As schools with more than 50 students are now required to have voice evacuation systems, many are replacing the traditional alarm bells and horns with sophisticated communications systems that enable building occupants to receive clear, explicit instructions in an emergency through built-in speakers in classrooms and hallways. This helps ensure safe, orderly evacuations. Digital message boards can be added to deliver the same instructions to the hearing impaired. And high-powered exterior addressable speakers can provide clear intelligibility for miles, alerting students in outdoor areas, stadiums, and playing fields. 

Addressable voice notification allows for different messages to address building occupants in different areas. This can be of critical importance in specific emergencies, allowing school safety officials to provide detailed instructions to students and faculty to take appropriate action. In addition, you can consider the unique needs of students with auditory sensitivity, omitting unnecessary messages to those classrooms when other locations in the building receive daily messages. 

While a mass notification system is designed for emergency use, it offers many added benefits. You can use it for other, non-emergency communications, such as daily announcements. In addition, it’s better for your maintenance team because they have only one system to learn and manage. 


Many of the extra benefits cited above are due to addressable technology. Addressable technology treats each device on the life safety network – sensors, notification appliances etc. – as an intelligent device. That means each device can be monitored, programmed, configured and tested individually. While addressable technology has historically been unique to initiating devices only, Autocall notification appliances now offer the benefits of addressable technology.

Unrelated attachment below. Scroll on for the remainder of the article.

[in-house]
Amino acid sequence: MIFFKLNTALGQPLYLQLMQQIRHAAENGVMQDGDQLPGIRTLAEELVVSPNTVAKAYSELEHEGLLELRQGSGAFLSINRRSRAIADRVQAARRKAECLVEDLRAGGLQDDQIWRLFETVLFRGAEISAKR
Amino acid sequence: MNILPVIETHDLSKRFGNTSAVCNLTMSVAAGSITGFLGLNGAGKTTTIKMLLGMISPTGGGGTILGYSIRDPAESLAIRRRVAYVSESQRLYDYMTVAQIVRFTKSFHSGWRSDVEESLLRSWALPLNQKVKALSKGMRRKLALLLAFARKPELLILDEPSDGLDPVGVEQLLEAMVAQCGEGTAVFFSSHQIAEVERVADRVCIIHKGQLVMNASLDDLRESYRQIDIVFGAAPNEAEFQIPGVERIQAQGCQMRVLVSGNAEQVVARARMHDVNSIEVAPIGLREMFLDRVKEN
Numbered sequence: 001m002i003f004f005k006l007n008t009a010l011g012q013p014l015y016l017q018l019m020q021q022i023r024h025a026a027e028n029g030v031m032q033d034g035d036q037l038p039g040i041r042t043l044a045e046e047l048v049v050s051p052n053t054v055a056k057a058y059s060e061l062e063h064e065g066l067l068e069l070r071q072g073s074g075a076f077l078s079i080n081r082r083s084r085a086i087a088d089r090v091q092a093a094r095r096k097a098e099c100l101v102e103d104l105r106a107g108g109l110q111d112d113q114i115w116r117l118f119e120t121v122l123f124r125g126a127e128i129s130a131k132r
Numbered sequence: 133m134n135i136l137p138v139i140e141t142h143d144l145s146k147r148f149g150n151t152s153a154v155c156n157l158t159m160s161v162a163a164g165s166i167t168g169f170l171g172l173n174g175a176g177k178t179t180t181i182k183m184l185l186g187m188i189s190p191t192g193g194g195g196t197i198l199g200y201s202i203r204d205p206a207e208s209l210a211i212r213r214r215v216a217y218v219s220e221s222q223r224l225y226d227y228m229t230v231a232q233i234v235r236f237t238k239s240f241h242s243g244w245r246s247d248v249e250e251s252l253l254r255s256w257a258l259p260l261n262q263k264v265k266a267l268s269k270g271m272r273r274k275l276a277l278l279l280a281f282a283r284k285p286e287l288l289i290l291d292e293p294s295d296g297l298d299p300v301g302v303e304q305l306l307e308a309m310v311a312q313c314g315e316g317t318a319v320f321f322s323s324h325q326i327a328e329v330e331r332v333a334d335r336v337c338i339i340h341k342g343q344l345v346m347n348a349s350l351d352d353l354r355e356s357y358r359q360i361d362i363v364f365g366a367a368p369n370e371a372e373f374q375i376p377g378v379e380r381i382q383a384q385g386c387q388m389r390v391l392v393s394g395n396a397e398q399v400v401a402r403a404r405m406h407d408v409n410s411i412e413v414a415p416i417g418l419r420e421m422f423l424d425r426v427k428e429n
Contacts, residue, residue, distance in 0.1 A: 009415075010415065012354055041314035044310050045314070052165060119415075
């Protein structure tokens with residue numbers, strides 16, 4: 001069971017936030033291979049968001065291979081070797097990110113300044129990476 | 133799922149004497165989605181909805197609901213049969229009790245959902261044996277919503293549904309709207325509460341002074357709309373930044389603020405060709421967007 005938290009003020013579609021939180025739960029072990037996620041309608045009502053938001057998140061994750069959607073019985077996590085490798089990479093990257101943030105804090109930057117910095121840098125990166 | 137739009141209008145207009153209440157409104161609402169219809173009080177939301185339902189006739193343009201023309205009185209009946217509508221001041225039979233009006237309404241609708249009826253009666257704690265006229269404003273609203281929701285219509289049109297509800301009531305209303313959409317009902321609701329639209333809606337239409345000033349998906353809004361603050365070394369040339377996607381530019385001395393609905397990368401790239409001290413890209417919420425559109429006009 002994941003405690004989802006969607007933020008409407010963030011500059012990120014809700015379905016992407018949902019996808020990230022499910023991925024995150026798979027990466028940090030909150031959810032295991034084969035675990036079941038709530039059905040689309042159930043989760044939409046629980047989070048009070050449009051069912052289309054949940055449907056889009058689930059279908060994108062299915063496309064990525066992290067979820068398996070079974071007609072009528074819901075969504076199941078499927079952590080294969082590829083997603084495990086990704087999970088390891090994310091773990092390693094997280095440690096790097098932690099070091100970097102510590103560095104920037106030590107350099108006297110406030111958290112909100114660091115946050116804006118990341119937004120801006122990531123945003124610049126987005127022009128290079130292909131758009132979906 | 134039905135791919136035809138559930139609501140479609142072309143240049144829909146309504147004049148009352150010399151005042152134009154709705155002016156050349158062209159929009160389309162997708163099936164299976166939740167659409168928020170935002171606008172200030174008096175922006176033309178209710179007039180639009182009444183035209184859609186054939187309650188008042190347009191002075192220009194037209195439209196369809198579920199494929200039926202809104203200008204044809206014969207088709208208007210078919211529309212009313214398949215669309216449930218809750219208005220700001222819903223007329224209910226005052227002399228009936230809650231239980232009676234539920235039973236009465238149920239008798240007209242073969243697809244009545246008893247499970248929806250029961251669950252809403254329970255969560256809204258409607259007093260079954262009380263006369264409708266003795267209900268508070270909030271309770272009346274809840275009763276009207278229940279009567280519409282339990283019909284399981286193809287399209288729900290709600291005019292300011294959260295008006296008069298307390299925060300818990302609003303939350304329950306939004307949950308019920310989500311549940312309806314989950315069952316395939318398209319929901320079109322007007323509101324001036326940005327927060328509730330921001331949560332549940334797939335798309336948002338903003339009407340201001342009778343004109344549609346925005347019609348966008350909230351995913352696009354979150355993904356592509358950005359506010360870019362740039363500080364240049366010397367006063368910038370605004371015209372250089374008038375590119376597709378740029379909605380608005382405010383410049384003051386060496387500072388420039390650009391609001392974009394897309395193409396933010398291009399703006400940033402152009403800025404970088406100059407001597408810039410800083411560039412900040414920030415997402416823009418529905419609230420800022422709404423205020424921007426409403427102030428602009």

The enhanced programming capabilities of these new life safety systems allow for improved design scenarios. For example, let’s say an initiating device senses smoke or carbon monoxide and notifies the control panel of the threat. The control unit then immediately signals the notification appliance in the threat area to sound the appropriate response. In designated areas, these could be low frequency sounders. Communication of threat and response is done through programming, allowing for reduced materials such as local sounder bases and unnecessary wire runs.

Addressable technology also makes repairs easier. If a device fails, the system identifies and alerts you to the source of the problem so you know exactly what’s happening and can take steps to fix it quickly and accurately. That’s especially helpful in a large, multiple-building campuses. 

In addition, addressability allows for automated testing of notification appliances. These tests can be scheduled ahead of time to ensure the least possible disruption to school activities. You can test an entire campus in minutes with minimal class disruption. During testing, all notification appliances sound and flash, and any failures are reported to the control panel. These test results are stored in memory and can be printed, or downloaded. As a result, testing requires fewer resources and time from your busy staff. 


No matter what kind of school you operate, you want a facility that’s safe and conducive to learning. Whether you’re building a new school building or updating an existing facility, you have an opportunity to do more than simply provide basic fire prevention. 

The full range of Autocall addressable fire detection products combine industry-leading performance with ease of installation and maintenance. With a little foresight, you can better protect lives and property, as well as sharply decrease nuisance alarms, improve communication, respond better to threats, and reduce opportunities for vandalism – all while conserving resources, simplifying testing and repairs, and making management easier. 

This white paper was originally written by AutoCall.

WSS Integrated Technologies is a proud partner of AutoCall.